Exercise: Can Exercise Improve Your Child’s Math Grades?
After performing physical fitness tests on 273 elementary school students, Indian researchers found that those with the greatest levels of aerobic fitness scored 8-11% higher on math tests than their least fit peers, even after adjusting for gender, socioeconomic status, and weight status. Because physical fitness could elevate a student’s grade from a C to a B or a B to an A, the researchers recommend educators and policymakers look for opportunities to promote physical activity during the school day.
PLOS ONE, March 2015

Chiropractic: Sitting Increases Back Pain Risk?
While most people think of back pain as resulting from strenuous physical activity, a new study finds that the more time an individual spends sitting each day at both home and work, the greater their risk for a back injury. In the study, researchers found that among a group of 201 blue-collar workers, those who spent the most time sitting on their average day were three times more likely to experience back pain when compared with those who sit the fewest hours on a given day.
PLOS ONE, March 2015

Wellness/Prevention: Insufficient Sleep Linked to Overnight Increases in Blood Pressure.
Mayo Clinic researchers have found that individuals who don’t sleep enough hours experience a rise in blood pressure and an elevated heart rate when they do sleep, the opposite of what occurs in those who get sufficient quality sleep. Researcher Dr. Naima Covassin explains, “We know high blood pressure, particularly during the night, is one of the major risk factors for heart disease, and Americans typically do not get enough sleep. For the first time, we demonstrated that insufficient sleep causes increases in nighttime blood pressure and dampens nocturnal blood pressure dipping by using a controlled study that mimics the sleep loss experienced by many people.”
Mayo Clinic, March 2015

Dr. Glenn Hyman’s Denver Chiropractic Center

Dr. Glenn Hyman’s Denver Chiropractic Center: 1-Page Health News.

According to a new report, many Americans fail to follow recommended safety practices while handling and cooking poultry. Investigators found that less than two-thirds of consumers have a food thermometer, and less than 10% of those who do have them actually check to see if poultry is cooked. In addition, they found that nearly 70% of consumers rinse or wash raw poultry before cooking it, which is potentially unsafe because contaminated water can splash and spread bacteria to other foods and kitchen surfaces. The authors say the findings support the need for updated materials to educate consumers about food safety.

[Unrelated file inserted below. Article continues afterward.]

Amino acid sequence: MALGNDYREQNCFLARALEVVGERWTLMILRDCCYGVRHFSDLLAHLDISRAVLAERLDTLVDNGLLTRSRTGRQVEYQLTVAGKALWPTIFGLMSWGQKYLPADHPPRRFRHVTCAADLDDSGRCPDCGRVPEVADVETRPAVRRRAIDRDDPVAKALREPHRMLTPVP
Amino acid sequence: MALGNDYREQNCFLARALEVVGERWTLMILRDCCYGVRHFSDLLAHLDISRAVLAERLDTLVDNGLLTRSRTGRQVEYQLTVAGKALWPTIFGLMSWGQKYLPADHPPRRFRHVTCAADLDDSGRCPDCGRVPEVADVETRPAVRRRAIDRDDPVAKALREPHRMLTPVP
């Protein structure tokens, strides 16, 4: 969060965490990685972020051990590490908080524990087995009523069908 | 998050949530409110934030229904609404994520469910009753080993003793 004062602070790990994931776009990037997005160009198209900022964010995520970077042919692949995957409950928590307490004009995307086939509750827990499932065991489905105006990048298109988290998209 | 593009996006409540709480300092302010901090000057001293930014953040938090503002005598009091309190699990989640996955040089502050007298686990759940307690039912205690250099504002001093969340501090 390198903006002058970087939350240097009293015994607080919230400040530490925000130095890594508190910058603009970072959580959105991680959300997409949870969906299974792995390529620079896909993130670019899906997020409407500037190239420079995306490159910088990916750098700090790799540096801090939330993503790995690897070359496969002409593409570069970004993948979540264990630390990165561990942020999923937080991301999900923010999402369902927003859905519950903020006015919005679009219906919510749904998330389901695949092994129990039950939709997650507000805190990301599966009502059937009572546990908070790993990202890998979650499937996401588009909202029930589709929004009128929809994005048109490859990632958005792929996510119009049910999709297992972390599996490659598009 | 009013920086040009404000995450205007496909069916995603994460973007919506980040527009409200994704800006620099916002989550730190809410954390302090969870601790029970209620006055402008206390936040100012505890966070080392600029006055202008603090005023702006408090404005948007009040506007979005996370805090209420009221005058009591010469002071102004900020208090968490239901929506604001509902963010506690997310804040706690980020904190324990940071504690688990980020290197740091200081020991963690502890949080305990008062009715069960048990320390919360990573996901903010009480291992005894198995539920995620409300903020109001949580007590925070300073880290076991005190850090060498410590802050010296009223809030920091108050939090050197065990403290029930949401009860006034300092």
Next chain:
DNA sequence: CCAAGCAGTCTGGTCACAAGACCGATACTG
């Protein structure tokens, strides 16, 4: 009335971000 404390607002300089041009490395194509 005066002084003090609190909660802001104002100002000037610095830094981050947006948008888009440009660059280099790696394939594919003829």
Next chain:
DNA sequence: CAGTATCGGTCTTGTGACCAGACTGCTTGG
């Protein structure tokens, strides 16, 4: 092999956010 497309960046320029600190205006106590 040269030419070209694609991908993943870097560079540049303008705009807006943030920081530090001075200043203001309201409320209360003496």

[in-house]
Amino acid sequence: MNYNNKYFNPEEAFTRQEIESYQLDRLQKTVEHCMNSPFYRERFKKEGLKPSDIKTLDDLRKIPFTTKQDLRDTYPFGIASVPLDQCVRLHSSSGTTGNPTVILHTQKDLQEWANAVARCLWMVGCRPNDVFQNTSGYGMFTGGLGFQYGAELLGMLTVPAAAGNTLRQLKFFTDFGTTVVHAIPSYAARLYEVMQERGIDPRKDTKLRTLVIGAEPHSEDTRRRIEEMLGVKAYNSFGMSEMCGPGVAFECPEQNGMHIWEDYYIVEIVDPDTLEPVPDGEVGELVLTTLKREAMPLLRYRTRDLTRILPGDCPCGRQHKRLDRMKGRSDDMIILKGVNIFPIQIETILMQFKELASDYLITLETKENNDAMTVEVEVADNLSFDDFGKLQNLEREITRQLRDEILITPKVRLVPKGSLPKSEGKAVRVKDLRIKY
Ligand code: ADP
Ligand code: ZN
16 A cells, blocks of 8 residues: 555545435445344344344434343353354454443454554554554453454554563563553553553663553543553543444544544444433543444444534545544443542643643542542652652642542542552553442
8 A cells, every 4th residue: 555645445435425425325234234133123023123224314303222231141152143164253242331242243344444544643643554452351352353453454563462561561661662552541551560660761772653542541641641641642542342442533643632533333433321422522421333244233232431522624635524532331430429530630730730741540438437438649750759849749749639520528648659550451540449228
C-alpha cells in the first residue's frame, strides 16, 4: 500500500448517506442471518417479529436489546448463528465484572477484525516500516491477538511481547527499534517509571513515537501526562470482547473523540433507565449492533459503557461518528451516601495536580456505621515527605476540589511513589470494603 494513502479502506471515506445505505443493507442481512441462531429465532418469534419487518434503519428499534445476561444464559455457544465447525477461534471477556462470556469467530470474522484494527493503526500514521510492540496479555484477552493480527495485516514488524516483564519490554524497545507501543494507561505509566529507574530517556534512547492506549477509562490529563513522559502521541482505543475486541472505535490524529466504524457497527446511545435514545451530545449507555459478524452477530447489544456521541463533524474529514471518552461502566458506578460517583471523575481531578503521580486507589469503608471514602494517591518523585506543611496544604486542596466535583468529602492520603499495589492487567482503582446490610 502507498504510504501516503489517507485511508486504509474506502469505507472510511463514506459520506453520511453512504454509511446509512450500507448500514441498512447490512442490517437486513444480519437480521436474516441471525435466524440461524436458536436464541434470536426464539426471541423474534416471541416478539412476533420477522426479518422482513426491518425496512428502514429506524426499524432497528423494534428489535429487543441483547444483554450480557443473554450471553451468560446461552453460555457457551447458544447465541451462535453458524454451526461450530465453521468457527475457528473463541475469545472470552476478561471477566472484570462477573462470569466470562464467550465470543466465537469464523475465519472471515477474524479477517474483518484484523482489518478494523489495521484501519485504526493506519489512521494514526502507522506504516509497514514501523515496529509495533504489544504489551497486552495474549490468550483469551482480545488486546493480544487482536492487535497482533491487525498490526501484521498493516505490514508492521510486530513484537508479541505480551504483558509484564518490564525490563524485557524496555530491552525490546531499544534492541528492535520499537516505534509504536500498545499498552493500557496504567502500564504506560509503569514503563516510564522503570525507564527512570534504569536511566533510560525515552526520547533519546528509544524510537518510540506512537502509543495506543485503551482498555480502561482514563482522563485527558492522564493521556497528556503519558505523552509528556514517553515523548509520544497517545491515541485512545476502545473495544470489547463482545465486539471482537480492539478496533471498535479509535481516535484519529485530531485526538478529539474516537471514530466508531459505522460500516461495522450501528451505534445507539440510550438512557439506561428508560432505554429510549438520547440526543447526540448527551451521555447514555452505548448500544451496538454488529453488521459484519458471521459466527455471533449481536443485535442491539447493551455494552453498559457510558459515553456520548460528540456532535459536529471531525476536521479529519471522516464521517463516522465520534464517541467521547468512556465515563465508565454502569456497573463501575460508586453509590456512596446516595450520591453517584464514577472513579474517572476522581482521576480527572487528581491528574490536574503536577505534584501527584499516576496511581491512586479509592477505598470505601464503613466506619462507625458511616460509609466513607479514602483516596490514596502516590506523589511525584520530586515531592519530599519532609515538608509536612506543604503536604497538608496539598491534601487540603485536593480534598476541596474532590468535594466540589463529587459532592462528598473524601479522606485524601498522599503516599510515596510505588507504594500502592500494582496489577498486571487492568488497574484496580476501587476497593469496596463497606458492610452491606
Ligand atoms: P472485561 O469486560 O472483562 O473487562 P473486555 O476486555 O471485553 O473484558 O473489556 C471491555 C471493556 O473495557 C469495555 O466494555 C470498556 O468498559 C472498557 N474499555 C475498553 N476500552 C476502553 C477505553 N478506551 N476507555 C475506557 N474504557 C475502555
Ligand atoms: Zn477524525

Journal of Food Protection, January 2015posium in San Francisco, January 2015

Mental Attitude: Meditation May Reduce Brain Aging.
Deterioration of the brain is a normal process of aging that leads to functional impairments. However, a new study suggests that you may be able to reduce such deterioration through meditation. Researchers found that individuals who meditated showed significantly lower gray matter loss in numerous brain regions when compared with those who did not meditate. Lead author Dr. Eileen Luders writes, “Accumulating scientific evidence that meditation has brain-altering capabilities might ultimately allow for an effective translation from research to practice, not only in the framework of healthy aging but also pathological aging.”
Frontiers in Psychology, January 2015

Diet: Health Benefits of Moderate Drinking Overestimated, Say Researchers.
Past research suggests that light-to-moderate alcohol consumption has numerous health benefits. However, a new study published in the British Medical Journal claims that such benefits are overestimated. According to the latest research, many of the studies associating alcohol use with health benefits are debatable, and the protective effects of alcohol may be confounded by categorizing former drinkers and non-drinkers into one group. The researchers explain, “The effect of such biases should therefore be borne in mind when evaluating findings from alcohol health studies – particularly when seeking to extrapolate results to the population level.”
British Medical Journal, February 2015

Remember, if you need us, call us! 303.300.0424, or reply to this email to get straight to Natalie at the front desk. We are open during our office remodel! As always, thanks for reading,

Dr. Glenn Hyman’s Denver Chiropractic Center

A video for knees- Dr. Glenn Hyman’s Denver Chiropractic Center

Make sure your knees are healthy enough to try this and make sure your chair is against the wall. Enjoy!

Dr. Glenn Hyman’s Denver Chiropractic Center: This Week’s 1-Page Health News